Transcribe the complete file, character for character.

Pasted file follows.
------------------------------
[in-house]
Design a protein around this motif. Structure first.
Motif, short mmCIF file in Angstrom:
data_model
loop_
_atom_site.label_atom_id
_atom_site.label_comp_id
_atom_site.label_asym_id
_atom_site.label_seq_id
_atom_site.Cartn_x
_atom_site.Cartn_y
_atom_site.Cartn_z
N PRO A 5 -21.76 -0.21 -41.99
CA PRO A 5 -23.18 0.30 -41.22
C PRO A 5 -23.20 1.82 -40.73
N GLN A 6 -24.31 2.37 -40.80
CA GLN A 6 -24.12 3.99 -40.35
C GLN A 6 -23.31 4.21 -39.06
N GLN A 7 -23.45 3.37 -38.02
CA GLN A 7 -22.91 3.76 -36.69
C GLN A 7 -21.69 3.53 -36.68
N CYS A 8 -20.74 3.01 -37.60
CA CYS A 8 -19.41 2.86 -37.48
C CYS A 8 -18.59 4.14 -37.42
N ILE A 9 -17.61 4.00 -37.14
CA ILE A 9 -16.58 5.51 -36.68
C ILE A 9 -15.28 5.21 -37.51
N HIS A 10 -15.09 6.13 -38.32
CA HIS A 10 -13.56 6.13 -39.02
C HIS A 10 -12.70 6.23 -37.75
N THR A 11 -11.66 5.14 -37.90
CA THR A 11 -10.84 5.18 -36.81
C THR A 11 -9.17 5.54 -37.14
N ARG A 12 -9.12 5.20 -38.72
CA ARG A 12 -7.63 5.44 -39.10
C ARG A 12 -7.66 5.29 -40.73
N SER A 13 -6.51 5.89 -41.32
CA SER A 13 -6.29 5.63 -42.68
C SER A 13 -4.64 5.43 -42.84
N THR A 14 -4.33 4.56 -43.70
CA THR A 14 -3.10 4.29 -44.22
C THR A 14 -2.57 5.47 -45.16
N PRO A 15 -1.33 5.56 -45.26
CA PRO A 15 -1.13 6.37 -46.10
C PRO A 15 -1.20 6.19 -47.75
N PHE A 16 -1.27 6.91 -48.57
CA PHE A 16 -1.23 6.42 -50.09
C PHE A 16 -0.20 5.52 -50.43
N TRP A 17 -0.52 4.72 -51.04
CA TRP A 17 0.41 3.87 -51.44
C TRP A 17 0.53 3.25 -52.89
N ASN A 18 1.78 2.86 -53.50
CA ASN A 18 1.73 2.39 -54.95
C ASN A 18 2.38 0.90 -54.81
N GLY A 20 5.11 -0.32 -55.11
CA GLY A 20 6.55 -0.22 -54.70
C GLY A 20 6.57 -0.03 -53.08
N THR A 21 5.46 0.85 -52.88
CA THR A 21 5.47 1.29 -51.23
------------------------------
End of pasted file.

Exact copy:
[in-house]
Design a protein around this motif. Structure first.
Motif, short mmCIF file in Angstrom:
data_model
loop_
_atom_site.label_atom_id
_atom_site.label_comp_id
_atom_site.label_asym_id
_atom_site.label_seq_id
_atom_site.Cartn_x
_atom_site.Cartn_y
_atom_site.Cartn_z
N PRO A 5 -21.76 -0.21 -41.99
CA PRO A 5 -23.18 0.30 -41.22
C PRO A 5 -23.20 1.82 -40.73
N GLN A 6 -24.31 2.37 -40.80
CA GLN A 6 -24.12 3.99 -40.35
C GLN A 6 -23.31 4.21 -39.06
N GLN A 7 -23.45 3.37 -38.02
CA GLN A 7 -22.91 3.76 -36.69
C GLN A 7 -21.69 3.53 -36.68
N CYS A 8 -20.74 3.01 -37.60
CA CYS A 8 -19.41 2.86 -37.48
C CYS A 8 -18.59 4.14 -37.42
N ILE A 9 -17.61 4.00 -37.14
CA ILE A 9 -16.58 5.51 -36.68
C ILE A 9 -15.28 5.21 -37.51
N HIS A 10 -15.09 6.13 -38.32
CA HIS A 10 -13.56 6.13 -39.02
C HIS A 10 -12.70 6.23 -37.75
N THR A 11 -11.66 5.14 -37.90
CA THR A 11 -10.84 5.18 -36.81
C THR A 11 -9.17 5.54 -37.14
N ARG A 12 -9.12 5.20 -38.72
CA ARG A 12 -7.63 5.44 -39.10
C ARG A 12 -7.66 5.29 -40.73
N SER A 13 -6.51 5.89 -41.32
CA SER A 13 -6.29 5.63 -42.68
C SER A 13 -4.64 5.43 -42.84
N THR A 14 -4.33 4.56 -43.70
CA THR A 14 -3.10 4.29 -44.22
C THR A 14 -2.57 5.47 -45.16
N PRO A 15 -1.33 5.56 -45.26
CA PRO A 15 -1.13 6.37 -46.10
C PRO A 15 -1.20 6.19 -47.75
N PHE A 16 -1.27 6.91 -48.57
CA PHE A 16 -1.23 6.42 -50.09
C PHE A 16 -0.20 5.52 -50.43
N TRP A 17 -0.52 4.72 -51.04
CA TRP A 17 0.41 3.87 -51.44
C TRP A 17 0.53 3.25 -52.89
N ASN A 18 1.78 2.86 -53.50
CA ASN A 18 1.73 2.39 -54.95
C ASN A 18 2.38 0.90 -54.81
N GLY A 20 5.11 -0.32 -55.11
CA GLY A 20 6.55 -0.22 -54.70
C GLY A 20 6.57 -0.03 -53.08
N THR A 21 5.46 0.85 -52.88
CA THR A 21 5.47 1.29 -51.23